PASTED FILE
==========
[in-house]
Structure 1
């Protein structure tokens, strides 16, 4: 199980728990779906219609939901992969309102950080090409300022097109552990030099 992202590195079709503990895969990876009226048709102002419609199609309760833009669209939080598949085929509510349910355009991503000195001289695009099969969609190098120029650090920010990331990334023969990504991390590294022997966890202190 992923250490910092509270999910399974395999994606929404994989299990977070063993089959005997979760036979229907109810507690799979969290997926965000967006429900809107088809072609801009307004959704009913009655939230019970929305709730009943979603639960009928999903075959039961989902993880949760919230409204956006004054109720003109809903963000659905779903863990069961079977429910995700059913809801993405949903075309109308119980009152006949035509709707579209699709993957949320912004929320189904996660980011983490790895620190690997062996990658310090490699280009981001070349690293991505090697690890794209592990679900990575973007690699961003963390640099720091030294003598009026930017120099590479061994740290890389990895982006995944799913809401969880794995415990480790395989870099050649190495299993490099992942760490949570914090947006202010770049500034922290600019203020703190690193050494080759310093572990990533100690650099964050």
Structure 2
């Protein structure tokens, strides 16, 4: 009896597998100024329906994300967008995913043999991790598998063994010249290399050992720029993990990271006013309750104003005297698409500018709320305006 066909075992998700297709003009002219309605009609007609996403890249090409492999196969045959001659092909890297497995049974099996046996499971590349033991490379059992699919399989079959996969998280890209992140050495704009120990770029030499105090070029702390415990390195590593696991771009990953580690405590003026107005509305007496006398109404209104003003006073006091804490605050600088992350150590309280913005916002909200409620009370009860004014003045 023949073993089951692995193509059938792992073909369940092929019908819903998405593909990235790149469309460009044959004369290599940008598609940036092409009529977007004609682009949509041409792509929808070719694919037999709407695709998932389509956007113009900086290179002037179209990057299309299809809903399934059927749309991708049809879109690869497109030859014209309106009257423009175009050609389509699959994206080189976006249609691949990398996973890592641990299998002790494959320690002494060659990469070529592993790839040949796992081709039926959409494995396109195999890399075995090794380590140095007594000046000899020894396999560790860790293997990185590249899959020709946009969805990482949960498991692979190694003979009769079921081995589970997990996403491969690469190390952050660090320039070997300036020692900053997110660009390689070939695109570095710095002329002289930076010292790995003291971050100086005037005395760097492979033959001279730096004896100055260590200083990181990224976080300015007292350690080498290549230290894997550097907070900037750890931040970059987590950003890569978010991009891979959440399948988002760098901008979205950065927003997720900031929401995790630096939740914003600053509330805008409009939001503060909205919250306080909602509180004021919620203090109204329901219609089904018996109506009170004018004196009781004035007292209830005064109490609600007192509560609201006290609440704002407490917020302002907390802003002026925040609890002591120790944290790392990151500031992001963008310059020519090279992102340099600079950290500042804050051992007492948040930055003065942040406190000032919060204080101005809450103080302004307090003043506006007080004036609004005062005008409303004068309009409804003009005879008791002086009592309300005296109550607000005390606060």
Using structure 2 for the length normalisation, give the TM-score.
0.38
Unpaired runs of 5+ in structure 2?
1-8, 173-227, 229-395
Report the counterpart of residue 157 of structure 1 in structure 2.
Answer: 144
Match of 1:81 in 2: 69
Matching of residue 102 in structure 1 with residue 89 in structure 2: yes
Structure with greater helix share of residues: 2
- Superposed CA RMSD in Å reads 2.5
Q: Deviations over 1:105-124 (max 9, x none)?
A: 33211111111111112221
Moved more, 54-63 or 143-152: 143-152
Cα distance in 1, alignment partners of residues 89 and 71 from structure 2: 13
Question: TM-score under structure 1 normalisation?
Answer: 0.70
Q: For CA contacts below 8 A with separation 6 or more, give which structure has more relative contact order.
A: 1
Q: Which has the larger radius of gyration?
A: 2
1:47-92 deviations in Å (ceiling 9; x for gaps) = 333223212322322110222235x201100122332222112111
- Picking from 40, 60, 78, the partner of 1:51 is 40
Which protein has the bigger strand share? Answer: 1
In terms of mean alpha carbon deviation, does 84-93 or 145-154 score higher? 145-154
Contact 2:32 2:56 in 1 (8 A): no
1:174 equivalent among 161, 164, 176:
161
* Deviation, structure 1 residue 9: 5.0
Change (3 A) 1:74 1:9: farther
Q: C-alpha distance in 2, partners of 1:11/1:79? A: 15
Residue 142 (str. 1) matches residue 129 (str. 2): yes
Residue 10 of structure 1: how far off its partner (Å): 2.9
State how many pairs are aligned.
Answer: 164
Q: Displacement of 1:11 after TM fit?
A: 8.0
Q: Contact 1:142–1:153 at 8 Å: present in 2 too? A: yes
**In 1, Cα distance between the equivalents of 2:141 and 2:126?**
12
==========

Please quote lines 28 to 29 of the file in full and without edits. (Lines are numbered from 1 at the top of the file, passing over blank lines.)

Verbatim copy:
Which protein has the bigger strand share? Answer: 1
In terms of mean alpha carbon deviation, does 84-93 or 145-154 score higher? 145-154